Black tea comprises about 78% of the entire world's total tea consumption. Black tea, or as it is known in China - hong cha [red tea], was originally only for export to the foreign markets. In China it is called red tea in reference to the color of the infused liquid or to the red edges of the oxidized leaves, as opposed to the color of the main body of the processed tea leaves. At one time, black tea was considered of lesser quality and not desired by the Chinese themselves and therefore, was exported. Which is why, to this day, black tea is what everyone outside of China thinks of when talking about tea, whereas, tea in China is understood to mean green tea.
Black tea is also known as 'Congou' in the international tea trade business. The name Congou is actually taken from the Chinese term Gongfu or Kung-Fu. Northern congous are also referred to as black leaf congous, 'the Burgundy of China teas', and southern congous as red leaf congous, 'the Claret of China teas'.
Black tea leaves come from the same tea plant, Camellia sinensis, as does all real tea, but probably the best comes from the Assam subvariety of the plant, Camellia sinensis Assamica, or a hybrid. The infused leaf is a reddish copper color and the liquor is bright red and slightly astringent but not bitter. The important difference is in the processing of the tea leaves, which makes black tea different from the other kinds of tea.
The first step after plucking the leaves is to let them wither. Then there are three additional processing steps that the leaves are subjected to before becoming black tea. They are rolled, allowed to fully oxidize (ferment), and lastly they are dried. Also note, that after rolling, they are also sifted to separate the different leaf / leaf particle sizes.
- Rolling - The purpose of this step is to actually break open the surface of the leaves. This allows the remaining moisture, sap, if you will, in the leaves to escape and coat the surface of the leaves. This sap is what contains the polyphenols (formerly known as 'tannins').
- Oxidation - When exposed to the air (oxygen) and under controlled conditions of heat and humidity, some of the polyphenols are oxidized ('fermented') by an enzyme called polyphenol oxidase. These then combine with other poyphenols to form compounds called theaflavins, which gives the leaves a bright coppery red color. Likewise, the theaflavins react with other compounds to form thearubigins. These ultimately render the leaves their final dark brown / black color. The theaflavins are associated with the 'brisk' flavor and brightness of black tea, whereas the tea's strength and color are attributed to the thearubigins. At the completion of the oxidation (usually a few hours), the aroma of the leaves also changes from a 'leafy' smell to a 'fruity' one.
- Drying / Firing - Finally they are dried / fired, which stops the oxidation process. It also turns the leaves to their characteristic black color. Black tea's caffeine is approximately 3%, which is the highest of all the different kinds of tea, but still lower than coffee. See Health and Nutrition for more information about caffeine.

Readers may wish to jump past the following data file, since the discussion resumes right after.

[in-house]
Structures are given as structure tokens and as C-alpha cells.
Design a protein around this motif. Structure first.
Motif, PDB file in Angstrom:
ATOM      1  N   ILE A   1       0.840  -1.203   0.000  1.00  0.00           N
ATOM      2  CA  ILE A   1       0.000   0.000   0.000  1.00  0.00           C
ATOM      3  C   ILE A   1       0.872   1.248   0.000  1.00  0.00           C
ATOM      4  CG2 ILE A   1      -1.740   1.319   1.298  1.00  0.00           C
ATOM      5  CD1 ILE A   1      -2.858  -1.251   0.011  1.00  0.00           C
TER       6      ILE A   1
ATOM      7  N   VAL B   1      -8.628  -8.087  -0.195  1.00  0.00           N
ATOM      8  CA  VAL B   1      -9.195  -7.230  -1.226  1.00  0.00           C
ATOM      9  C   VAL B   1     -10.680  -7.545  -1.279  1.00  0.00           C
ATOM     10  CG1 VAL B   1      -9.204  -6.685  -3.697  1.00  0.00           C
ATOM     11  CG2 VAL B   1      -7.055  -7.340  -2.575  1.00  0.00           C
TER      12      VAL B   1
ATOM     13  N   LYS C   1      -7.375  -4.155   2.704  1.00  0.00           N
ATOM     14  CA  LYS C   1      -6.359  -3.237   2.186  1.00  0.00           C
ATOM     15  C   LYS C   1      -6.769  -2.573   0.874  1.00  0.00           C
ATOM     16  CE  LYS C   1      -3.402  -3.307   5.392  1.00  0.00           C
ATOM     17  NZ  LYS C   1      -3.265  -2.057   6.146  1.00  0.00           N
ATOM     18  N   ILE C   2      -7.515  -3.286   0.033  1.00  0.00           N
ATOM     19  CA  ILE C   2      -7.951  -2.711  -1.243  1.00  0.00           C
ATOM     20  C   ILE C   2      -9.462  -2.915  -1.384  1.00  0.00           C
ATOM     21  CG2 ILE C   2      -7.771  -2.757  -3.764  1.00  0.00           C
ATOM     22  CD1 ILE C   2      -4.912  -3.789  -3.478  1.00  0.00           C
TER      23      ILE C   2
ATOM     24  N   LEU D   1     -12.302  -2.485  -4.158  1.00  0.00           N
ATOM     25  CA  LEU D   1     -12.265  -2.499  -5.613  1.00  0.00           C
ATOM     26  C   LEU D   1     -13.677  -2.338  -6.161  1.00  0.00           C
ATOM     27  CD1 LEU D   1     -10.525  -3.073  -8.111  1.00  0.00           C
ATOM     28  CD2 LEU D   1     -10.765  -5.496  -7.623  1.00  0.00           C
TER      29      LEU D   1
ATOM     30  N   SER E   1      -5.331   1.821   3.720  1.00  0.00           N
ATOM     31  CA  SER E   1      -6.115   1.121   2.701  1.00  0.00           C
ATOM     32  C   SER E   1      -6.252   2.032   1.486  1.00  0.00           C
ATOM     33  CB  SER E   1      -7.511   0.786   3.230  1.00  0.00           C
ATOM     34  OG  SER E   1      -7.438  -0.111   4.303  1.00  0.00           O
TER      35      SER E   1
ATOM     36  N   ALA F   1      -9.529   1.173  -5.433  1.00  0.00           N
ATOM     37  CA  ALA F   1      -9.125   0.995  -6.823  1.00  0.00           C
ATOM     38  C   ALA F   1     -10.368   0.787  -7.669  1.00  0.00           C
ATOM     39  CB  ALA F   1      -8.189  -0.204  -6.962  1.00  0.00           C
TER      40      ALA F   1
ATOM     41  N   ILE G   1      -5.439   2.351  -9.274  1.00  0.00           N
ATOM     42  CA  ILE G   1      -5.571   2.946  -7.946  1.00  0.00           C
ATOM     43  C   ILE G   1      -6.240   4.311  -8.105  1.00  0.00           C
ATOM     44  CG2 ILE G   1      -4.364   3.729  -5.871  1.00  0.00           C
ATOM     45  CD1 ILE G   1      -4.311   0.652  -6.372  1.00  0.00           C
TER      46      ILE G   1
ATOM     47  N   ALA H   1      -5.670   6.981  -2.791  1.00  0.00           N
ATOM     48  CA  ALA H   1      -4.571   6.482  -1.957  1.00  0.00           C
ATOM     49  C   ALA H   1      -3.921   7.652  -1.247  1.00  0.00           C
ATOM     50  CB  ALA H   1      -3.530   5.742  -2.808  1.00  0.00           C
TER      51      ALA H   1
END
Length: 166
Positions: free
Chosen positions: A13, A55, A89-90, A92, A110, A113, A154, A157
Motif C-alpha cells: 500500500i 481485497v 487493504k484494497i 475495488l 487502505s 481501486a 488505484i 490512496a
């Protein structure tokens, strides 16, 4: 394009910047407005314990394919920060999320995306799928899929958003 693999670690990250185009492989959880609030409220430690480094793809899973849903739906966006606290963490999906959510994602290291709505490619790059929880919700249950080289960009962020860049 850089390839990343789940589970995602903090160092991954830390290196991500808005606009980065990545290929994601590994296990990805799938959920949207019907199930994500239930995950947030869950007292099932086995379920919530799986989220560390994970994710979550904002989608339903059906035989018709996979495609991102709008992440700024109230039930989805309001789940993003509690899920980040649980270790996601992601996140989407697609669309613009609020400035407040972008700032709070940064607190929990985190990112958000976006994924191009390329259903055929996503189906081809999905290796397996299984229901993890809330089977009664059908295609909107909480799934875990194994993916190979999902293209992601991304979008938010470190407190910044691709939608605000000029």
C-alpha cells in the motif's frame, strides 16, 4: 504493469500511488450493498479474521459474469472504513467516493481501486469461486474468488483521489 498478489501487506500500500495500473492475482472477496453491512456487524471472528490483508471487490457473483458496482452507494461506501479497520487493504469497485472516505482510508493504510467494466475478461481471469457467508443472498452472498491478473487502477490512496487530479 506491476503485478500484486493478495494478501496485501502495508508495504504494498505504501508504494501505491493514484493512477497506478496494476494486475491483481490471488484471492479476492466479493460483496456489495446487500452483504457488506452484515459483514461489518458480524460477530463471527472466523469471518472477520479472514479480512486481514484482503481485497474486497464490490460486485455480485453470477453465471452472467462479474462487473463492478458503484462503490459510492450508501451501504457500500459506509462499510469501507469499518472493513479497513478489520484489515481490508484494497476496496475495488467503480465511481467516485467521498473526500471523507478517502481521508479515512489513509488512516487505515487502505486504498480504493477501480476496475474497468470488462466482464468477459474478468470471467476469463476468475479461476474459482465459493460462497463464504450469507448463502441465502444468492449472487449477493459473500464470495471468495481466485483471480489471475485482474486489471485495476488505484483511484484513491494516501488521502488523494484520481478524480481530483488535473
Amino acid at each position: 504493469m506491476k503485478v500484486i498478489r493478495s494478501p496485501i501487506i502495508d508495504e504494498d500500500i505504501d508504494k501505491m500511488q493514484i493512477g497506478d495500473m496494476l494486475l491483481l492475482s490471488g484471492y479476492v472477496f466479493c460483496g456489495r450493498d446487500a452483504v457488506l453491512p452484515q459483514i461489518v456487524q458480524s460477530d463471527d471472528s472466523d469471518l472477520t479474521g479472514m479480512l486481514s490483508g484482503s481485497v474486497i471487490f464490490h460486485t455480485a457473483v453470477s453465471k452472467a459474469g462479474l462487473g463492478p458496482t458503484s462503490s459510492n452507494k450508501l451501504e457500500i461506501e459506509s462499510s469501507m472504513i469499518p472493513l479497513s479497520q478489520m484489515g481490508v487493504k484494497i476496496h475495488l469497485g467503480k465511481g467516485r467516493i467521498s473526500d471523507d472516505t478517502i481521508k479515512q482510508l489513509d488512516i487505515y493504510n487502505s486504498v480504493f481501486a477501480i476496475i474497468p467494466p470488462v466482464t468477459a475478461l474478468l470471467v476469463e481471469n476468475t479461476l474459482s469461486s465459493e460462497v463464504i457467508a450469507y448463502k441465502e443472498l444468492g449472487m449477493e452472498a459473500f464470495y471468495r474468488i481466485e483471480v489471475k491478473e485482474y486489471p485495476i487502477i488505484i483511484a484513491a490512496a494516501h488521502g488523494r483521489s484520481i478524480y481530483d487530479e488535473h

Examples of Chinese Black Tea
- Ching Wo, a south China Congou from Fujian Province. A bright red infusion, flavor and aroma, but not the body of Keemun. Lapsang Souchong and Panyang are two other examples of south China Congous.
- Dayeh, "Broad-leafed", is a subvariety of the tea plant that is native to Yunnan Province. Pu Erh is made from these leaves.
- Dian Hong, "Dian Black", from Yunnan Province (Dian another name for Yunnan), has a richness to its taste. Considered to be one of the better quality black teas.
- Hainan, tea grown on the island of Hainan, in the South China Sea, at the southern extremity of Guangdong Province. Produces a strong flavor and fragrance.
- Keemun, "Qi Men Red Tea", from a former county of Keemun in Anhui Province, was once the popular "English Breakfast Tea". It is the best known of the north China Congous. There are various grades of Keemun such as Mao Feng, Hao-Ya, and Ji Hong. Keemun contains a substance called myrcenal. This is an essential oil that is unique only to the variety of tea plant from which Keemun tea is produced and which gives it a distinctive taste. It is said that it has a flavor that almost sings!
- Orange Pekoe, not a type of tea per se, in that 'Orange Pekoe' is a grade based on leaf size, and has nothing to do with how the leaf was processed..
- Pingsuey, "Ice water", black tea from the same region as Lung Ching, the Hangzhou district of Zhejiang Province, just south of Shanghai. Mild and delicate for a black tea.
- Toucha, is also from Yunnan Province. This is one of the forms of Pu Erh.
- Yi Chang, another north China Congou, from the western Hubei Province, grown around Yi-Chang, just below the Chang Jiang (Yangtze) gorges.
- Yingteh, named after a town in Guangdong Province, of which Guangzhou (Canton) is the capital. Produced from two varieties of tea plants the Yunnan big-leaf and the Fenghuang Shuixian.
- Yunnan, "Cloud South" (or South Cloud), the mountainous southern Province that borders Vietnam, Laos, Burma, and Tibet that is thought to be the "origin" of the tea plant, Camellia sinensis. There is one wild tea plant there that is over 100 feet tall and estimated to be about 1700 years old! Of the 320 subvarieties of tea plants in China, Yunnan is home of 260 of them.
- Zao Bei Jian, from Sichuan Province.